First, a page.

Velvet Mint Gum

Velvet Mint Gum Co. 1907-1915 Est.

These are two very rare machines that hail from Detroit, MI. They are very early ball gum machines of which not much is known. I would place the vintage in the early 1900’s, probably between 1907 and 1915. The two models shown are the only versions known to be made by this company. I can’t say with any certainty if one model came out first or if they were in production together but if one came first I would guess, based on style and complexity of the mechanism, the one on the left did.

I will talk about the machine on the right first because it is the first model that I acquired by this maker. I actually purchased two of them at the same time. You can view a picture of the pair here. The two machines were found in an attic in Three Rivers, MI in June of 2006. I was lucky enough to get the call when a friend found them. I bought the pair after seeing just a picture of them. They were extremely dirty but both worked well. I was overjoyed to find that a simple wipe with a damp rag brought out the great patina that you see in the pictures. They are wonderful, 100% original examples of a very rare machine. A big "Thank You" to my friend Al for making ME his first call.

The base and lid of the model on the right are made of nickel plated brass and the mechanism is cast iron. The mechanism is extremely simple consisting of only four pieces including the spring. The fancy coin entry on this machine is a great flare; many other machines of the period just had simple slits in the metal to insert the coin. There is no security in the form of a lock; it simply has a nut on the bottom to tighten down the center rod and hold the whole machine together. The nut is a five sided nut though, making it difficult to remove with an ordinary wrench. The fact that it screws together on the bottom makes filling the machine and retrieving coins a bit tricky. You can't simply set the machine on its lid and remove the nut because the lid is not flat. You have to turn the machine over, hold on to it while removing the nut, then hold it together while turning it back over to remove the lid for filling. Seems like a dangerous process just to get product into your vendor.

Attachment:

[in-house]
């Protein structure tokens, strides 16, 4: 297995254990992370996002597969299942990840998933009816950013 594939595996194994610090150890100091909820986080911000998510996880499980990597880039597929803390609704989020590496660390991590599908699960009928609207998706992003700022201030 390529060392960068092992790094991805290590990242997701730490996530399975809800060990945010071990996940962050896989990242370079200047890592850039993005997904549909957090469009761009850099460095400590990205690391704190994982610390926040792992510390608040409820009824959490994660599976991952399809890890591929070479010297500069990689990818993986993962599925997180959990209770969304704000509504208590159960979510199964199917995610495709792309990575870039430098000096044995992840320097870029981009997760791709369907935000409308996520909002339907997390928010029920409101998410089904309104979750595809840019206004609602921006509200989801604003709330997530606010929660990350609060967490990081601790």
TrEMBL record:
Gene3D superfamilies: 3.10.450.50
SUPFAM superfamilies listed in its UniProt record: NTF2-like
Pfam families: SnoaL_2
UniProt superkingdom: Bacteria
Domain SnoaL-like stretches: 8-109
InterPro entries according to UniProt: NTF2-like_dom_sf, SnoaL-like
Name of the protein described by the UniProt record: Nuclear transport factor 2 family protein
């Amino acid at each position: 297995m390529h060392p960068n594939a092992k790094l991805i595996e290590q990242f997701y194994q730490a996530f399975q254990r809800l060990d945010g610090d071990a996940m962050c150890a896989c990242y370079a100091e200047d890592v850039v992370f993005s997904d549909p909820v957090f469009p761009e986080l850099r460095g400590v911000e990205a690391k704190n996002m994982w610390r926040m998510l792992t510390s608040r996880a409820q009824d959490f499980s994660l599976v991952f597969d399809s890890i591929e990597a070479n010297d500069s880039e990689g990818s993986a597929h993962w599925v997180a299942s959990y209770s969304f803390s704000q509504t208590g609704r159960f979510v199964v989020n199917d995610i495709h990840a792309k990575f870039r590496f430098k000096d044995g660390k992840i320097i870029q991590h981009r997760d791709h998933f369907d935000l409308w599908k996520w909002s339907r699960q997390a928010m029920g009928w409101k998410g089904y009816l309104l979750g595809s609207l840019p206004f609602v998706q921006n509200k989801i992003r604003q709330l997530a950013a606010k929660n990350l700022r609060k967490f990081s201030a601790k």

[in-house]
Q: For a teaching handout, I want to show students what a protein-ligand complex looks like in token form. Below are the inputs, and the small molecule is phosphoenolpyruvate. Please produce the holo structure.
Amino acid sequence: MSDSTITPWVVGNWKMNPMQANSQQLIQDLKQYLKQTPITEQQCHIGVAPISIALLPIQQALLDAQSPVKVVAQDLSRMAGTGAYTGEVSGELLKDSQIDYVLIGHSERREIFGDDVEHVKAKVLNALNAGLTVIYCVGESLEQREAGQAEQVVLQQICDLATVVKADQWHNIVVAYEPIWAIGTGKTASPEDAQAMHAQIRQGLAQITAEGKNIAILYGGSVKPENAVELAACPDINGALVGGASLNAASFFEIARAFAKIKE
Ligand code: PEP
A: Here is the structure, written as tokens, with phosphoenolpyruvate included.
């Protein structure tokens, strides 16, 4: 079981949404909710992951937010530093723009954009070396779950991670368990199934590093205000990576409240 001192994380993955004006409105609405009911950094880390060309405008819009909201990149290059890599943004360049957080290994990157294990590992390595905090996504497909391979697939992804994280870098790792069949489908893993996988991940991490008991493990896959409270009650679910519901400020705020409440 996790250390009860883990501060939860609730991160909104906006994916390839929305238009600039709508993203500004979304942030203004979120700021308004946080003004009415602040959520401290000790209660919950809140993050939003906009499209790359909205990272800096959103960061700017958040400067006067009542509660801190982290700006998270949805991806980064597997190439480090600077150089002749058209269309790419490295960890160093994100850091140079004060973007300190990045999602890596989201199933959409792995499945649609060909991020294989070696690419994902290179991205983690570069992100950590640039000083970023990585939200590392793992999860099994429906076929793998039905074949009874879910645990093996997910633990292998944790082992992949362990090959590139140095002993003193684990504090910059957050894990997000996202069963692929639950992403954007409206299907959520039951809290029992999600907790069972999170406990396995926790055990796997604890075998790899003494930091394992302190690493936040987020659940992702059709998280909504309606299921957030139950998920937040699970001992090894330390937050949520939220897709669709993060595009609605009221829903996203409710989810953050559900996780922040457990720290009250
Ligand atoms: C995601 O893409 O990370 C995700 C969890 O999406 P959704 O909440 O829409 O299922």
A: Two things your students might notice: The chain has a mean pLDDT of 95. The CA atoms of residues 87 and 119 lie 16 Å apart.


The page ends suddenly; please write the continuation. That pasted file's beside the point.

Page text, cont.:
The machine on the left is, according to my research and inquiries, possibly the only known survivor. It is the one pictured in “Silent Salesman Too”. The globe is similar to a Chic-Mint and the body style is reminiscent of a Bluebird Twirl Chute. In “Silent Salesman Too” Bill Enes says it is difficult to get your gumball out because of the size of the hole. He is spot on because I can hardly fit my forefinger and thumb in it at the same time. It is made of nickel plated, formed steel with some cast iron and brass mechanism pieces.

The size of this machine was a surprise to me. I got the other version first and had always pictured this version being similar in size. As you can see it is dwarfed by its companion. It measures just 10” and that is with the boost of its rubber feet. I was pleasantly surprised when I saw its small stature. It looks even more appealing than I expected. You can view a closer picture of this machine here. I had wanted this machine since I got the other version but figured I would never get the chance to own it because of its rarity. One day a friend emailed and said he had some machines to trade. I opened the picture and saw this machine staring at me. We struck a trade and now the two models are back together, as they may have been at the factory, after an almost 100 year separation.